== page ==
She tells him this better be the last one--
the last first love poem he'll write.
The title, she says, needs to be brief,
something any lover can relate to.
Do you want me to leave the room
while you write it?
With one step she's no longer in the
living room, she's in the middle of the
apartment kitchen. There are two bowls,
two spoons in the sink. The bellowing heater
acts as background, smoothing the space
with its hum. She squeezes a drop of soap
into each bowl. Fills both with hot water.
Any lover needs to be able to relate, she says,
but make sure you set it somewhere romantic--
not Paris, Rome, or anything like that--but
next to a body of water. There should be
birds. Clouds and rain. Not sunshine. Don't
She works the bowls over with a dishrag.
Dinner, breakfast--whatever you want to call it--was good, she says.
She dries the bowls, places them in the cabinet.
Have you written a line yet?
Can I read it?
When I wake up?
When you wake up.
With a hand to each side of his face,
she denotes the spots he missed shaving
with her index fingers. Here, she says.
The lines run from the corners of his eyes
as he smiles. Now she marks these.
She kisses him; she doesn't say, I love you.
Wake me up before you go to work, okay?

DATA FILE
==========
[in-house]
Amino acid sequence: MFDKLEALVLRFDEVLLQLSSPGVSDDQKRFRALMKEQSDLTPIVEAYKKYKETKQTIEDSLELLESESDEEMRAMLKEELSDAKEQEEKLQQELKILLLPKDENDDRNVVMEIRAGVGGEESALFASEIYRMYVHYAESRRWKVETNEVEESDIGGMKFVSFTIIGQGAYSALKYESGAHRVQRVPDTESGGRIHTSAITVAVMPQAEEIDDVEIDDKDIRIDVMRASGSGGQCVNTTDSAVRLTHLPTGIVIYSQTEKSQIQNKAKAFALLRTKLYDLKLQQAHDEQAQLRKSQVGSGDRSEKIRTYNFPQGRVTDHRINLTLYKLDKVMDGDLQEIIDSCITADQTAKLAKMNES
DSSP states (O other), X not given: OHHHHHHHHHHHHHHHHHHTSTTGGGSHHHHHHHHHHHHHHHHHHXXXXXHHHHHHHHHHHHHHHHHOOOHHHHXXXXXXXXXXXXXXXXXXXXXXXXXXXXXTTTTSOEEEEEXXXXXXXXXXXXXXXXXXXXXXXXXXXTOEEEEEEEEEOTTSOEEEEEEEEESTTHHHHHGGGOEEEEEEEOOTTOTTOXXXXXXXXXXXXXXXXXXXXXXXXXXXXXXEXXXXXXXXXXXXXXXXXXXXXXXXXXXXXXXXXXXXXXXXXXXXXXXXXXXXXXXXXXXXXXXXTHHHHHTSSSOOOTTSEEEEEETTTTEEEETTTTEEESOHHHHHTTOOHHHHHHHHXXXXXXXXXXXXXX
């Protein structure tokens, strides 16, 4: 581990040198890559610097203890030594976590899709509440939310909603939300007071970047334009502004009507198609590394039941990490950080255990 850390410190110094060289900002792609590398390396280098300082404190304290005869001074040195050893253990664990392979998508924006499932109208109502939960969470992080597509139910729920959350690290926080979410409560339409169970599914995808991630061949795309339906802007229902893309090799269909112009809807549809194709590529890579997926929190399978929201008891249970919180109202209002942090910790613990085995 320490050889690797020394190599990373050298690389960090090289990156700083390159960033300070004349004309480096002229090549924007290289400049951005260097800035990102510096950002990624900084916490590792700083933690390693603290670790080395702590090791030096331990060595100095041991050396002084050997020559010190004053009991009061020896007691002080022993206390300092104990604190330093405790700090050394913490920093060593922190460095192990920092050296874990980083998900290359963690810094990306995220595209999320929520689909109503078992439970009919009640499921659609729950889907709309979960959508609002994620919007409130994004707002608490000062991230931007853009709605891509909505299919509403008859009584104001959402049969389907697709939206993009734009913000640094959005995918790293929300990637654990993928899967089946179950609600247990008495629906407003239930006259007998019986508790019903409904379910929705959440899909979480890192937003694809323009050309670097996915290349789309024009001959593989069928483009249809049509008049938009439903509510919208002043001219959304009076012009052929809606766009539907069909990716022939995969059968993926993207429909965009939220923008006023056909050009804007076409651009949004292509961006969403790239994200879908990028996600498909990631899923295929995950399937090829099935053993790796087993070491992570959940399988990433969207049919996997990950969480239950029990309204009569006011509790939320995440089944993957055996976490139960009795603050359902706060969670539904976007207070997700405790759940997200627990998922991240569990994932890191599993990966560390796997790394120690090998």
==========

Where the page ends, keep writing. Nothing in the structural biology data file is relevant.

With one step she's in the bedroom.
The bed's a couch.
She pulls the quilt up to her chin.
Her body curls.
She says, Hang out with me in
Wouldn't miss it.
A few minutes later her breath
goes steady, falling in line with
The sun starts seeping in through
the blinds. The loose strands of
her hair become gold. He draws
the curtains so the light does not
wake her. She, he types.
In an apartment where once was one--
one toothbrush, one set of sneakers
by the door--now there are two.
Everything paired off and content in
Is a woman, he types. He hits the delete key once.
Then he types N again.
Her makeup bag is on the dining table.
Islands of stray powder dot the bag.
Her brush is on the coffee table
next to the couch. Countless
numbers of hairpins are embedded in the carpet.
I can't make it in today, he says into the receiver.
Yeah, not feeling too good. Thank you, sir. Will do.
Alright. Yeah, you too.
When he presses in beside her, she says, I've been awake
the whole time.
Have too. Did you finish it?
Can I read it?
After you actually get some sleep.
What'd you call it?
Is a Woman.
I like that.